Germany may force political union of Euro Zone Members. It is not at all certain because German voters are overwhelmingly in favour of withdrawal from the Euro Zone and leaving it to sink. That may be an innocent view because Germany could not recreate its own currency and let the Euro fail without suffering consequences. In the longer term, Germans could benefit hugely from once again having self determination and independence, having now paid off the enormous costs of German reunification. The alternative to creating a new sovereign nation out of the Euro Zone is to cut away the weakest members but the intractable problem is agreeing where to cut and an acceptance that the European Union would not be able to survive in its current form. Originally, it would have been less of a problem to cast the PIGS adrift. The main area of debate would have been whether Spain could stay or should go. Today, Italy and Spain would have to join Portugal, Ireland and Greece at the mercy of the economic Tempest. Where the real problems come in is that more Euro Zone Members would have to be cast into the maelstrom. Belgium has not only had its credit rating reduced but it still stands at risk of being divided into two countries. France is coming under scrutiny, suddenly no one is safe.

The limited options for the Euro Zone may seem like an academic question where a formula could be produced that would value each option and make it a simple matter to taking the least painful route to recovery. Unfortunately it is not that simple, if it ever was. Some commentators take the view that a reasonably painless option existed, had the problems been tackled six years ago. That can be argued, but the situation is so very different today, that is something in the distant past that might or might not have been the case. It is now quite clear that when the European politicians realized they were in a deep hole they respond by placing a propaganda screen around the hole and digging faster. In Britain the disastrous Gordon “Bottler” Brown was still being hailed as the economic mastermind and his version of reality was seductive. He claimed to have abolished boom and bust for ever across the globe and in Parliament he even claimed to have “saved the World”. When things began heading down fast, he claimed that it could all be solved by epic levels of borrowing and by printing money. Even the slowest individual with the the weakest grasp of economic theory and practice can see that “Bottler” was wrong, encouraging the world to head towards the financial cliff and jump off with him. Fortunately for Britons, the voters saw through him and dismissed his regime. What replaced him was less than ideal. The Whig Tory Coalition has seen the Whigs working hard to hold back recovery, holding a similar philosophy to “Bottler” Brown’s. However, Britain is doing relatively well at the moment. All of the economic and social indicators show improvement, but much of that improvement is down to a mixture of Tory policies and the markets’ perception of Tory Government. Britain received a valuable boost when the markets saw “Bottler” thrown out of office. The statement that Whigs and Tories would put aside party political interests for a full 5 year government, and concentrate on sorting out the economic mess left by “Bottler” Brown, was a great confidence booster for the markets. That was further helped as the IMF and other independent specialists joined to congratulate the Chancellor Osborne and the Coalition Government for taking the necessary steps to move into recovery. The danger for Britain is that the nation’s finances are in recovery rather than recovering. The situation has stopped getting worse, it is showing some evident of improvement and it is showing healthier trends than most other major economies, but it still has a very long way to go and it is vulnerable to external influences, particularly to a failure of the Euro, a slow continuation of the Euro’s troubles, and to a serious problem with the US$ and the US economy.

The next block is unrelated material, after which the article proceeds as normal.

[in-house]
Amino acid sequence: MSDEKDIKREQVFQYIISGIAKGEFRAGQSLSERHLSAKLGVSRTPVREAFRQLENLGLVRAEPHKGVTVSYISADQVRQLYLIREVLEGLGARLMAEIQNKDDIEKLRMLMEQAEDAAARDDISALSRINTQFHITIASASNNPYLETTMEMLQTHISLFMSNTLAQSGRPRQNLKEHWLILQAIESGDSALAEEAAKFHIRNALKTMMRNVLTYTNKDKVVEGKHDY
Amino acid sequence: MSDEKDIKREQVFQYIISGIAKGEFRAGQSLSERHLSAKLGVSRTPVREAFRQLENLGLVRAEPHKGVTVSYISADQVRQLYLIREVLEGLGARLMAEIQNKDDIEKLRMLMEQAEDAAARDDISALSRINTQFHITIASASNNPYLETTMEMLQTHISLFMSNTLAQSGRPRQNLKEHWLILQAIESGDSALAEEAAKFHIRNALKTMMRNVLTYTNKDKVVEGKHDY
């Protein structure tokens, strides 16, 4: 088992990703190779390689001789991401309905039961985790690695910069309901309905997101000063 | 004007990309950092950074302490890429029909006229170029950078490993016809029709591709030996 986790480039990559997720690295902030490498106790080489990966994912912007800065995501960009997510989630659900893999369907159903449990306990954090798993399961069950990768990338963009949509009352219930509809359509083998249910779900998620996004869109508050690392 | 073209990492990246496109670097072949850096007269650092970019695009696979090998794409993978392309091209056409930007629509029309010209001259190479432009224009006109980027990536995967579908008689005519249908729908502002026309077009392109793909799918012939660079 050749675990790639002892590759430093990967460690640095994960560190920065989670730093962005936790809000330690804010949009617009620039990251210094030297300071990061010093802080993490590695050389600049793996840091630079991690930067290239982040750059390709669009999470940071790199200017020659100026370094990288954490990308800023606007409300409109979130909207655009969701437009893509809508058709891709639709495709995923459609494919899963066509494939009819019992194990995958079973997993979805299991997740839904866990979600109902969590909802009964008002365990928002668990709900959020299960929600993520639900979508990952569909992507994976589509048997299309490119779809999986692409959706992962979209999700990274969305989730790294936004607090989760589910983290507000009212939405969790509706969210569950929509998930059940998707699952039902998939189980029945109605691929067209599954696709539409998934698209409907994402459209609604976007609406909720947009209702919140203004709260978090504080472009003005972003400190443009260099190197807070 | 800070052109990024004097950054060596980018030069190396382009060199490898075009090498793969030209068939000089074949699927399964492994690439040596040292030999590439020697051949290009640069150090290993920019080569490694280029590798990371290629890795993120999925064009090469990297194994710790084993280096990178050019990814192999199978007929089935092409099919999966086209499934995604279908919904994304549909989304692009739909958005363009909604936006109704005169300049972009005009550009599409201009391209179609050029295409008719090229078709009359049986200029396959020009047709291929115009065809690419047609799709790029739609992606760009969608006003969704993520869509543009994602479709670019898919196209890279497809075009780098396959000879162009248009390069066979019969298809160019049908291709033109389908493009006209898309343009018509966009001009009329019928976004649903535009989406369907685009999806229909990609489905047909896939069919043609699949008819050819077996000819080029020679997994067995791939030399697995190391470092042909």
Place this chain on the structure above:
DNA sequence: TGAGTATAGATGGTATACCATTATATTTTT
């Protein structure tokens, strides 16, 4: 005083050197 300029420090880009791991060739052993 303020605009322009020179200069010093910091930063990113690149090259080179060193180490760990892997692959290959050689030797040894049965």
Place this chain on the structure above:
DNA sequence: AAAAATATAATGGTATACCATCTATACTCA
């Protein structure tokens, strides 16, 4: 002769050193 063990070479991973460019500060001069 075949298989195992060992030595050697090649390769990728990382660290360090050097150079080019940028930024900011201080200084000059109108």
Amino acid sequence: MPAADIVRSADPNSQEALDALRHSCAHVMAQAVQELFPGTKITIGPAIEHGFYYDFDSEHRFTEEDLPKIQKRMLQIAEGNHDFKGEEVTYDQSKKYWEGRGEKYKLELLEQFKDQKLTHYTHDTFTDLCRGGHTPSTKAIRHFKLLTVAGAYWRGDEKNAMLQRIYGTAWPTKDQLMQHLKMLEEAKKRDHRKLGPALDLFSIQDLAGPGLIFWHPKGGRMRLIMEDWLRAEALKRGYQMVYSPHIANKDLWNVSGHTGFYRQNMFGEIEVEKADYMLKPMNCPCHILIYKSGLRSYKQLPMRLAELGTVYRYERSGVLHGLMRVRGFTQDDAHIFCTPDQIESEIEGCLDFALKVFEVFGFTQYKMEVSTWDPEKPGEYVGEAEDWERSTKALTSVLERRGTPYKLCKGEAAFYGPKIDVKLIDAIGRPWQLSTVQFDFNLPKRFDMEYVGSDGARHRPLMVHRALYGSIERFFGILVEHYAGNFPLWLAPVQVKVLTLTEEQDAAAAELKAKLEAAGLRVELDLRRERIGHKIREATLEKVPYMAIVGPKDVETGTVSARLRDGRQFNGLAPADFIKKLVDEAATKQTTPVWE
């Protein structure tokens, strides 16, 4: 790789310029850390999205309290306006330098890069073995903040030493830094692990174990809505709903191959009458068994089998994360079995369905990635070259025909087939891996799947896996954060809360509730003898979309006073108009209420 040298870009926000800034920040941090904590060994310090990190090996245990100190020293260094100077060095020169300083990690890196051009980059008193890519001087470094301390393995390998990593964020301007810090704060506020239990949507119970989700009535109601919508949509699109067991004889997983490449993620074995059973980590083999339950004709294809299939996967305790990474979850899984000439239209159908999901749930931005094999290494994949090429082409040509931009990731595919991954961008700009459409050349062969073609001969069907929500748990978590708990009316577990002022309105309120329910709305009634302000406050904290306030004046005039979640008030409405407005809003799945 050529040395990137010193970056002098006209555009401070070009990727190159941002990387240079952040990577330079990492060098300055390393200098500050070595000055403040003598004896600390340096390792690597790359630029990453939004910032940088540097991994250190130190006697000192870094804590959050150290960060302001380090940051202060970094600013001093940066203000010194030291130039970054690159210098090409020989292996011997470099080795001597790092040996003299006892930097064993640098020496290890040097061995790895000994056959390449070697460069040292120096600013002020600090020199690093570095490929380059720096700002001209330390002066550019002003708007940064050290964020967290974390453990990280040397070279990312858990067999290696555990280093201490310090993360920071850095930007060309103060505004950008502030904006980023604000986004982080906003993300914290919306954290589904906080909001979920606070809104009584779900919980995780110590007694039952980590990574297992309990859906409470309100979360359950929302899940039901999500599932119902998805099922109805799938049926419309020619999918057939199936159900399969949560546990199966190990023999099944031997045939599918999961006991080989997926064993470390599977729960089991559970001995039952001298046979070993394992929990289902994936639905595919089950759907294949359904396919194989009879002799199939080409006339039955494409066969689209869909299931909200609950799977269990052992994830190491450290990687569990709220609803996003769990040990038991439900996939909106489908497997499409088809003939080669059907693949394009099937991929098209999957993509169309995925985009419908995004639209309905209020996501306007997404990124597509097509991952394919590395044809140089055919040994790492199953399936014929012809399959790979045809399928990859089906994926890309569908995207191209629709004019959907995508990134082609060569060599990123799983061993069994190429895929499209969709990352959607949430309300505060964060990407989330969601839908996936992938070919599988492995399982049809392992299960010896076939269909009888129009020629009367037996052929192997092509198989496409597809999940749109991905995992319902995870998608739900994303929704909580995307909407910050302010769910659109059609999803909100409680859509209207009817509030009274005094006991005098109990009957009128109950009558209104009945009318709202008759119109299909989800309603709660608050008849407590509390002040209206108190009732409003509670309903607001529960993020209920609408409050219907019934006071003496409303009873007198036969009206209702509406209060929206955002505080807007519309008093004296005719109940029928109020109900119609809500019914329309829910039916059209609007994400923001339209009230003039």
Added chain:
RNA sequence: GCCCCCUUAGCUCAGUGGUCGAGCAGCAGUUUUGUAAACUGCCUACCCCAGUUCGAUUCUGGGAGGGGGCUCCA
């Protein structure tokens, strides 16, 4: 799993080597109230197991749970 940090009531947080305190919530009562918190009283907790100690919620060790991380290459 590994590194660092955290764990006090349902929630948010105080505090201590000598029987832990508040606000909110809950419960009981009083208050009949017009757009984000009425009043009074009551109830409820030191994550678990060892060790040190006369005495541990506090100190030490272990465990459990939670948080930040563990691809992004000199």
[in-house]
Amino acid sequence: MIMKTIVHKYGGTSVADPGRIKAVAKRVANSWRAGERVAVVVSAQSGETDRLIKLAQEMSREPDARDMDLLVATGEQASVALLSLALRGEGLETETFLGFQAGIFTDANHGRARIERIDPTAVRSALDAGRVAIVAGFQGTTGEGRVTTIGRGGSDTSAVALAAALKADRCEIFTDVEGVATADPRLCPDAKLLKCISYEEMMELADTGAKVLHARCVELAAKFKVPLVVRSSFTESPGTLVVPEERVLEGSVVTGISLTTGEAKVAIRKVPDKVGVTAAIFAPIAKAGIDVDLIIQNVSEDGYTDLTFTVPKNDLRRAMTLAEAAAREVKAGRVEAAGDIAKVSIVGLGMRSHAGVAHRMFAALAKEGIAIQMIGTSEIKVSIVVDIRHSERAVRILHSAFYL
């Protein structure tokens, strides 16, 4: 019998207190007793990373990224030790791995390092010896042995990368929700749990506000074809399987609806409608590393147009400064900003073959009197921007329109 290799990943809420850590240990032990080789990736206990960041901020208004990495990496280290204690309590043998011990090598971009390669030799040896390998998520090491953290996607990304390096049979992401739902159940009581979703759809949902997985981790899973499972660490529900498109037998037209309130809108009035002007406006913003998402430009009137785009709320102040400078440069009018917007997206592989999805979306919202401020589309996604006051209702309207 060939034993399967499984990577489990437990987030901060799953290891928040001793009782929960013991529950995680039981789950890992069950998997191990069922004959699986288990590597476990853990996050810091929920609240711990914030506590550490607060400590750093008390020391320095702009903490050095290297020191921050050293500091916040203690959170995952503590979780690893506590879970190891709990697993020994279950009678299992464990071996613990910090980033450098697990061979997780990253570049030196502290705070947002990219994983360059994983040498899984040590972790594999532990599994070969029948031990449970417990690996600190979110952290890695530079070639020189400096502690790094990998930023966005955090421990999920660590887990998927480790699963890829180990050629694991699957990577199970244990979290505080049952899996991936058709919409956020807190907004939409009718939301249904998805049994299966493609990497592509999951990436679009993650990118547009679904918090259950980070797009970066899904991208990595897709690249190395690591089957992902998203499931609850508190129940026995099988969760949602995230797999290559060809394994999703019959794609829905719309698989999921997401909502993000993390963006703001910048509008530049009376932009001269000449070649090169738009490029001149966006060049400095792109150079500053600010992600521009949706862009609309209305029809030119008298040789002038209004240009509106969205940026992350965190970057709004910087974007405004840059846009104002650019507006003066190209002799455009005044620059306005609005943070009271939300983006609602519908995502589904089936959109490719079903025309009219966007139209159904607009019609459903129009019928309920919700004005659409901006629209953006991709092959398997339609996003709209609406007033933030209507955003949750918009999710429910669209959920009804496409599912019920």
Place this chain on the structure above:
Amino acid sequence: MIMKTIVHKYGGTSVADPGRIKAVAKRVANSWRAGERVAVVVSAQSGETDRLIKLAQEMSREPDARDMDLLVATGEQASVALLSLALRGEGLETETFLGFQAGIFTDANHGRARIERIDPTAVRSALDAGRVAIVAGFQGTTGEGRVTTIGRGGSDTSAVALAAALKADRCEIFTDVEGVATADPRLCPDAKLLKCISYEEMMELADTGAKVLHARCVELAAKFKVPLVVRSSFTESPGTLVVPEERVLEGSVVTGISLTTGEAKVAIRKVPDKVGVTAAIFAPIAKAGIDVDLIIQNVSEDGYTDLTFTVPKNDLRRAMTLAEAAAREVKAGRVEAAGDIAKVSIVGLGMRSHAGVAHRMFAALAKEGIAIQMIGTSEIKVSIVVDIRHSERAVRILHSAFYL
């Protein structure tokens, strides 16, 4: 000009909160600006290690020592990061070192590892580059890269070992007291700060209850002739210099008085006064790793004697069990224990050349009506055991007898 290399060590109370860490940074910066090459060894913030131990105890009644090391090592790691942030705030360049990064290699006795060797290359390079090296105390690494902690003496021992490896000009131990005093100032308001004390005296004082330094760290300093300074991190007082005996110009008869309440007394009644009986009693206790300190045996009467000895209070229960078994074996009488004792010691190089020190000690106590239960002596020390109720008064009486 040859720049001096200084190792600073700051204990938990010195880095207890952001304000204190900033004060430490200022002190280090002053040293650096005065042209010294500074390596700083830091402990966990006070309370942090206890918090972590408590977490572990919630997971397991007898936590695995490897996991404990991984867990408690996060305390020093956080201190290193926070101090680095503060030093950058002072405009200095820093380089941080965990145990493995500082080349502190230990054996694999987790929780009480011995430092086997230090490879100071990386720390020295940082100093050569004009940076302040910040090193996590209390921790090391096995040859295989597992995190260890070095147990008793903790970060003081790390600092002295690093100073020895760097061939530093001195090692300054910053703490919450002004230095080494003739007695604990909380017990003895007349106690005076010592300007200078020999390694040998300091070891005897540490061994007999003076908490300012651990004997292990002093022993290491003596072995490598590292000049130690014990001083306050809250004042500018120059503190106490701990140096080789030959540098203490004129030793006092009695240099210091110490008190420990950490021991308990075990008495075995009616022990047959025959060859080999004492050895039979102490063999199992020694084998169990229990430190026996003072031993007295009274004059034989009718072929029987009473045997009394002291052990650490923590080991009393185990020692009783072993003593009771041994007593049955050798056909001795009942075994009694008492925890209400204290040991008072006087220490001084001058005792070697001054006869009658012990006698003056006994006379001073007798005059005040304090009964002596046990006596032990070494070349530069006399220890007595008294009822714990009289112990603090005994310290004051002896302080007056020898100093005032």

As the Euro saga drags on, the US$ has been suffering from the incompetence of the Obama Administration. It can be argued that the credit rating agencies decided to punish the US for the lengthy battle between US politicians that almost saw a default. There is a view that the loss of AAA rating was a warning shot by the credit ratings agencies rather than a simple credit assessment of the current US credit worthyness. There might be some elements of that but already the agencies are talking about a further downward assessment. This is very serious for confidence in the US economy and ability to pay its way. The markets have already responded by going into free fall.

The policies of the 1930s are emerging once more. Countries are thinking of themselves. It is difficult to condemn politicians for thinking of their own citizens in simple terms, and many politicians are very simple people, but countries are inter-twined. A large part of the troubles of the 1930s resulted from a failure by politicians to appreciate just how much countries had come together in global trading. In the 2010s politicians seem to have failed to appreciate how much faster global trading decisions have become and how fickle confidence now is.